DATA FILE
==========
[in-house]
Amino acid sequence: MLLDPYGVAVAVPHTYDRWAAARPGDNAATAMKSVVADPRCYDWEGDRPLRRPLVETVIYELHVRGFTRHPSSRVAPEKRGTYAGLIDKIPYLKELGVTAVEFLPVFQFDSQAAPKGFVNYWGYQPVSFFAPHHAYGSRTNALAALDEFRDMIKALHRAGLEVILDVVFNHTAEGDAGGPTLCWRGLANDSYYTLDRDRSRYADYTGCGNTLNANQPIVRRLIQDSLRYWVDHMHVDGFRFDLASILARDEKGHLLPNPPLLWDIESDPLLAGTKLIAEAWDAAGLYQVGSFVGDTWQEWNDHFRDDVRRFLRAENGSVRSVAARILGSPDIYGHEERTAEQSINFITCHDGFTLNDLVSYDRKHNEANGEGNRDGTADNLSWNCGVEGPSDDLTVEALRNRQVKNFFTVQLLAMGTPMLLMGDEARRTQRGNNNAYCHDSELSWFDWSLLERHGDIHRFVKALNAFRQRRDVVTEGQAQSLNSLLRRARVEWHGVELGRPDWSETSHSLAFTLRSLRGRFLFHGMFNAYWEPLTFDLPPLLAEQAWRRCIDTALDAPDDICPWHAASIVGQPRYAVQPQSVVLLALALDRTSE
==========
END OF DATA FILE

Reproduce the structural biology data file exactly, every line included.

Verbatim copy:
[in-house]
Amino acid sequence: MLLDPYGVAVAVPHTYDRWAAARPGDNAATAMKSVVADPRCYDWEGDRPLRRPLVETVIYELHVRGFTRHPSSRVAPEKRGTYAGLIDKIPYLKELGVTAVEFLPVFQFDSQAAPKGFVNYWGYQPVSFFAPHHAYGSRTNALAALDEFRDMIKALHRAGLEVILDVVFNHTAEGDAGGPTLCWRGLANDSYYTLDRDRSRYADYTGCGNTLNANQPIVRRLIQDSLRYWVDHMHVDGFRFDLASILARDEKGHLLPNPPLLWDIESDPLLAGTKLIAEAWDAAGLYQVGSFVGDTWQEWNDHFRDDVRRFLRAENGSVRSVAARILGSPDIYGHEERTAEQSINFITCHDGFTLNDLVSYDRKHNEANGEGNRDGTADNLSWNCGVEGPSDDLTVEALRNRQVKNFFTVQLLAMGTPMLLMGDEARRTQRGNNNAYCHDSELSWFDWSLLERHGDIHRFVKALNAFRQRRDVVTEGQAQSLNSLLRRARVEWHGVELGRPDWSETSHSLAFTLRSLRGRFLFHGMFNAYWEPLTFDLPPLLAEQAWRRCIDTALDAPDDICPWHAASIVGQPRYAVQPQSVVLLALALDRTSE